Masters of our destiny - Mir Adnan Aziz - Saturday, October 02, 2010

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"The limits of tyrants are prescribed by the endurance of those they suppress," said Frederick Douglass.

Prone to reckless policies, bad governance and national apathy, we have reverted to bondage. Pakistan, a dream that became reality, has tragically been robbed of its conviction and ideals. The beginning of our history merely marks the point where British bondage ended and that of others began.

We, collectively and individually, are guilty of being dazzled by each of our emperor's new clothes, just to discover his true character. We appear to be addicted to the whip of those who misrule us, those who are masters of our destiny.

What we have never learnt from a "chosen" dispensation, the present one starkly outdoing all others, is how "democratic" rulers operate. Never before did corruption and complete decay of governance stand so thoroughly exposed. The only reason for winning power is control of all aspects of society to ensure self-enrichment. Our political system has allowed criminals to attain and maintain positions of power. In the struggle for supremacy, politicians try to outdo each other in cunning and deceit and shady machinations. They know that, irrespective of the method by which they attain it, success is what really matters.

This gimmickry has become a passion for corrupt politicians. They are undeterred and secure in the knowledge that their fiefdoms remain impregnable. They appear in hordes on the electronic media and gatherings of their devoutly faithful. Armed with photos and posters of their respective leaders (both those who are gone and those very much alive and kicking, both here and living abroad), they utter proclamations and make promises of a much better and brighter tomorrow. Emotionally blackmailed and robbed to the brink of ruin, we still see it as a moment of truth.

Our political system spawns corrupt politicians. Doling out contracts, promoting kith and kin, rewarding criminals with party tickets and high public offices, lapping up kickbacks and commissions are all acceptable. In reality, it is corruption at its crudest. The tragedy of our politics is that corruption and patronage politics have become the recurring baseline of political compromise and consensus among the otherwise bitterly divided political elites. Nothing encapsulates this reality more than the present "opposition" refusing to do anything to destabilise the (abhorrently corrupt and clueless) governing dispensation.

So pervasive is this mass complicity that many of us, while expressing outrage at corruption, indifferent to its manifestation. We morph and adapt. This complicity further destroys an already threadbare social fabric while robbing society of the public pressure necessary to counter such rampant corruption.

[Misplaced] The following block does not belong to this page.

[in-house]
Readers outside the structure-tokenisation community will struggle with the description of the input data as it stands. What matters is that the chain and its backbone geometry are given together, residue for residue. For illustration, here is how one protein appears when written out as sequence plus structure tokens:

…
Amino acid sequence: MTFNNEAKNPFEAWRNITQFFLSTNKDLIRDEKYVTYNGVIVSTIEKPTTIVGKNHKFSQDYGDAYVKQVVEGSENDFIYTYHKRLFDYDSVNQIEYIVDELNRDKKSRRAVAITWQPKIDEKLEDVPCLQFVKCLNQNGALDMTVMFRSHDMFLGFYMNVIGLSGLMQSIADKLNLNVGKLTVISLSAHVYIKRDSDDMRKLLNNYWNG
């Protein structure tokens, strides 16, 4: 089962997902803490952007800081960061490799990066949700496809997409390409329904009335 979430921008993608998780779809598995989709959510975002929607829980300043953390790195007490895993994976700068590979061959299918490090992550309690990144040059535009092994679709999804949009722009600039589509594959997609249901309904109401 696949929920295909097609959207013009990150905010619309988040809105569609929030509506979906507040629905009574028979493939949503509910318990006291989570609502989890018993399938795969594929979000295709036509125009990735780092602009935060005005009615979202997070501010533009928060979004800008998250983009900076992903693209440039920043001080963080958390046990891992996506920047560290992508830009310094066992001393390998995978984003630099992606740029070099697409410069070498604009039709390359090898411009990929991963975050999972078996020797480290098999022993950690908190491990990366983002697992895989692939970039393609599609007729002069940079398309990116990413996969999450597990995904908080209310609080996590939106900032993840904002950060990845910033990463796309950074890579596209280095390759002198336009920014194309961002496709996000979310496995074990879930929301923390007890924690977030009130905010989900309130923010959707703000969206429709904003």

Corruption, understandably a global phenomenon, never translates into a breakdown of political, social-sector and administrative institutions in developed countries. Here it gives a fatal jolt to an already impoverished economy. It translates into the morally reprehensible deterioration of infrastructure and social services, which were already almost non-existent, bringing hunger, disease and death. The ever-present solution is to tax the taxed even more. "To tax the community for the advantage of a class is not protection; it is plunder," said Benjamin Disraeli.

Political negotiations and constitutional amendments based on individual self-interests, like the autocratic powers guaranteed to party bosses, compromise on national issues for a third stint at premiership, loss of a seat if the party line is defied, exemption of elections within a party, all result in corruption and political brinkmanship. These are also used as a diversion from economic and national realities.

In the present bleak scenario the only ray of hope is the proactive role of the superior judiciary. It is unfair to think of the judges as saviours while we strengthen those very individuals who tend to use the system as a mere tool to further increase their wealth. When asked about this, the typical answer on the street is: "I do not know and I care less." This national apathy may be a norm but an option we can least afford.

Politics is not just voting for a candidate every five years but a politician's contract with those who elect him. This contract allows the electorate to hold him accountable in case of violation of the contract. Their election gives them an unchallenged mandate for plundering for five years. Elected representatives or those holding public offices elsewhere have the honourable conviction to resign when in case of allegations of minor misdemeanour, as compared to the serious crimes committed by our stalwarts.

Human endurance too has a limit. Can we really afford the moment when crass political deceit and rhetoric are challenged on the streets by those wronged and held hostage to the harsh and cruel realities of their daily lives? Will the political elite not cry foul if the vacuum is filled by those very individuals who will then be branded as usurpers, while most heave a sigh of relief? Is it still not time to stand up when we have legitimised an elite and a system but with no one left to speak for us?

The writer is a freelance contributor. Email:

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